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Chinese authorities label ‘996’ work arrangements as illegal

Written by Jiaxing Li Published on     3 mins read

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Regulators say excessive work harms “social stability” and widens the wealth gap.

The prevalent “996” work schedule adopted by tech companies was the target in a lengthy set of guidelines published by the Supreme People’s Court and Ministry of Human Resources and Social Security on Thursday. The arrangement—working from 9:00 a.m. to 9:00 p.m., at least six days a week—was defined as illegal in the detailed warning against China’s major corporations.

The article included mentions of ten labor dispute cases, one of which involved an employment contract where “996” work hours were part of the employment agreement. The court ruled that the contract was invalid as it violated labor regulations that specify the maximum work hours for staff. In another case, a tech company asked an employee to sign an agreement to forfeit overtime pay. The court ruled this contract unlawful.

China’s labor law states that the standard work period is eight hours a day, with a maximum of 44 work hours per week. By law, any work performed beyond that time frame requires overtime pay.

However, many tech companies in China do not issue overtime compensation. A current Tencent employee confirmed with KrASIA that the company does not provide overtime pay, but does cover transportation and meal expenses for staff members who work late.

“Everyone is used to working excessively, so we don’t even think about the fact that it’s illegal,” another Tencent employee in Shenzhen told KrASIA.

In an article published on Friday, state-run tabloid Global Times commented that overtime work affects the harmony of labor relations and social stability. It further stated that achieving “common prosperity” and redistributing wealth in the country are national priorities.

China’s wealth inequality has risen steadily since the late 1970s and early 1980s, when the country began its transition to a market economy, according to the latest report published by the Credit Suisse Research Institute in June. China had 5.3 million millionaires in 2020, the second-highest in the world, and the number is expected to nearly double by 2025.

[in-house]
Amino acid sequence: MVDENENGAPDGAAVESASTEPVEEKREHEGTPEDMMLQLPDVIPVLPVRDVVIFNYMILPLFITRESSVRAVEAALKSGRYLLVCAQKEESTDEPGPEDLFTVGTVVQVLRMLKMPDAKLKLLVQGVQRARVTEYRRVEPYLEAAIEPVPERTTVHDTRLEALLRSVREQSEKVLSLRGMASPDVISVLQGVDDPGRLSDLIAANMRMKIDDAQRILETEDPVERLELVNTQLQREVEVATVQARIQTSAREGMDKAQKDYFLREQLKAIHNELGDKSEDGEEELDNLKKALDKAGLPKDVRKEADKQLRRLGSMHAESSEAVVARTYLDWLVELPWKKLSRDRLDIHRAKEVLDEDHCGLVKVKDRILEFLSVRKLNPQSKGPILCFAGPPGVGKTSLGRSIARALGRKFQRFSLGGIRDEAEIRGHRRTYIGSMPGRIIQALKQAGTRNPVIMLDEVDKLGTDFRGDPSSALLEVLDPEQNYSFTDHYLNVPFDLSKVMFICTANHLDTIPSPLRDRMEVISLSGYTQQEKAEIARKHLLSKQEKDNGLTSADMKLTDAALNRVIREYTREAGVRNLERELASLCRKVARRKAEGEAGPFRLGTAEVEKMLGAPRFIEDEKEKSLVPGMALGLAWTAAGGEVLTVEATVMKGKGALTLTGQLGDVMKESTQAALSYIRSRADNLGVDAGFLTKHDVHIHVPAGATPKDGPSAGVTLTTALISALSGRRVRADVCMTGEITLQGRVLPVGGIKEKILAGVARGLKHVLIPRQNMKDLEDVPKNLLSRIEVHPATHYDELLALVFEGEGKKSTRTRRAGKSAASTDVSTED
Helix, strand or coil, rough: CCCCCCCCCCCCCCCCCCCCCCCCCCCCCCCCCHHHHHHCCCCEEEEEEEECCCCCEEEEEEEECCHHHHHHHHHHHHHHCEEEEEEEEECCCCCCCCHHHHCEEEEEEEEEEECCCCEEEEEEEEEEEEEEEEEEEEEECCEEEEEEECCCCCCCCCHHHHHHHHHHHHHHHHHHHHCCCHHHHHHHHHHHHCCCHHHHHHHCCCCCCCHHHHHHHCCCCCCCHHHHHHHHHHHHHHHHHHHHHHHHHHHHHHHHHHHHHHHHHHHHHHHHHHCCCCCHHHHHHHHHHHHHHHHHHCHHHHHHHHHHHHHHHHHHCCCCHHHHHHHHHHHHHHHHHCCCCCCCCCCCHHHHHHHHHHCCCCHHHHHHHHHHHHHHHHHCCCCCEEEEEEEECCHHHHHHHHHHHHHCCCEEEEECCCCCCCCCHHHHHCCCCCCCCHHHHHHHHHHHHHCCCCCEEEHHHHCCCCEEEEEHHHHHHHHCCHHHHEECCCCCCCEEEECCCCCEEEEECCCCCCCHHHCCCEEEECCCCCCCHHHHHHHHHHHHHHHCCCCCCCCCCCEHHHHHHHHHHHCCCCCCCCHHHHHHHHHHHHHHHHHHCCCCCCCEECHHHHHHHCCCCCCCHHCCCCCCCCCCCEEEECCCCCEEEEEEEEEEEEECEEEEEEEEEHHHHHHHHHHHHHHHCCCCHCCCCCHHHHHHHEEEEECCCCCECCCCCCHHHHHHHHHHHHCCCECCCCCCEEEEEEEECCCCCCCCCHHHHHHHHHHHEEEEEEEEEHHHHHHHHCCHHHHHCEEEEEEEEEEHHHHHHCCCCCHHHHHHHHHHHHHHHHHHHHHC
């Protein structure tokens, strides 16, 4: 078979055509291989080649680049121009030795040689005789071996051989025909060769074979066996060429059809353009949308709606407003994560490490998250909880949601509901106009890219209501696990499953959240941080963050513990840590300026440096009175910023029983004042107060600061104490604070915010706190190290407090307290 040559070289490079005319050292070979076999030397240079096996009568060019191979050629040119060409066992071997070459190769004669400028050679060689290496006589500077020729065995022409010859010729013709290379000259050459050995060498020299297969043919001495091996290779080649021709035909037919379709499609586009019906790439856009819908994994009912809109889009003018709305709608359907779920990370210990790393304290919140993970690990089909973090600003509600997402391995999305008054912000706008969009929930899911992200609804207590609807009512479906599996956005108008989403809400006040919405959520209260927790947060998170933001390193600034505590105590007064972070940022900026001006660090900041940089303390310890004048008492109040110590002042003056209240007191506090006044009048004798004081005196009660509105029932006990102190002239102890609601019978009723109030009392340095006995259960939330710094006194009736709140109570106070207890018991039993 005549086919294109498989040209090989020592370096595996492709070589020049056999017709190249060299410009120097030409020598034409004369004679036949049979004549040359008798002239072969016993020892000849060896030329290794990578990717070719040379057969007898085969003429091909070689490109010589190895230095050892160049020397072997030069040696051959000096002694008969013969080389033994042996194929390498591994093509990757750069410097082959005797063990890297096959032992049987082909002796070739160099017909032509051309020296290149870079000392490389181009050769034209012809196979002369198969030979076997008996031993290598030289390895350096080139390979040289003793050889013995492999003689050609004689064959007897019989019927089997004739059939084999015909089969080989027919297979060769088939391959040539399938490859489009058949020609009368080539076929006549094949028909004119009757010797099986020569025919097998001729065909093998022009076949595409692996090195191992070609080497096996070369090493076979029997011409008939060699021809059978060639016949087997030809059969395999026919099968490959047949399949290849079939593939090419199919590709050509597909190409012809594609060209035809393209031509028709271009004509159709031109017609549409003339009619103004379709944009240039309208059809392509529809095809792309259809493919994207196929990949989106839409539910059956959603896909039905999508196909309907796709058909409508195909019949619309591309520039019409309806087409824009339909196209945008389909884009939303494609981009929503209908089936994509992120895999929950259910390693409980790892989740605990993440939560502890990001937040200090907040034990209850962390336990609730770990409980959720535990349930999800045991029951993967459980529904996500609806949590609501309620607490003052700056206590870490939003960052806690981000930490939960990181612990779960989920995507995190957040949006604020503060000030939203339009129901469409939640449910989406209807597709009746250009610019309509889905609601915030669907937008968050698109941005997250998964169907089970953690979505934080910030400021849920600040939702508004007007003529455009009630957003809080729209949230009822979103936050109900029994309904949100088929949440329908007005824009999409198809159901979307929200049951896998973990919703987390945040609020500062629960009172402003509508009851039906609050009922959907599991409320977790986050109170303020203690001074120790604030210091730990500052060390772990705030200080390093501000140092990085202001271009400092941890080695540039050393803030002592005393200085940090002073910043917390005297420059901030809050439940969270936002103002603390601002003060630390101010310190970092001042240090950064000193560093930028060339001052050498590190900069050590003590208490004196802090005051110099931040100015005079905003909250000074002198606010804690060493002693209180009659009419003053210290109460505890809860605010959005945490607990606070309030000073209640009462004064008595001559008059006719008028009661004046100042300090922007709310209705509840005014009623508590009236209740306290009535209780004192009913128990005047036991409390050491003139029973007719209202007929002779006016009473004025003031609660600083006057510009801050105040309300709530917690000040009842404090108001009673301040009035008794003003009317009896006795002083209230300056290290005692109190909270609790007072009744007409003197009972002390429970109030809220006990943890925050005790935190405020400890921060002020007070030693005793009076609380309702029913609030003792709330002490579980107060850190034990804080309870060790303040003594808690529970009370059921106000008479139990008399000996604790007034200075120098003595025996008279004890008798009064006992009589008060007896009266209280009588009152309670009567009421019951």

China’s ruling party last week stated in an article that a huge wealth gap is unacceptable, and that the government must act to regulate the market and ensure wealth is redistributed. The digital economy is booming and major tech companies and their investors hold a large portion of wealth within the country, the article said, “but everyone should be rewarded based on the contribution they’ve made to society.”

To protect gig workers like ride-hailing drivers and delivery riders, the government ruled that companies must pay them higher wages and offer insurance.

Internet giants have been the targets of a slew of tightening regulations. Many are toeing the new line to avoid further fallout. Companies like Meituan, Tencent, and Alibaba have been pouring financial resources into charitable programs in recent months to realize “common prosperity.”

E-commerce firm JD.com said it has signed formal employment contracts with nearly 300,000 couriers in its most recent financial report. Similarly, group-buying app Pinduoduo said it will apply its technology to modernize China’s agriculture and boost the development of rural communities in its latest financial result release.

Read this: What’s behind China’s “996” overwork culture?

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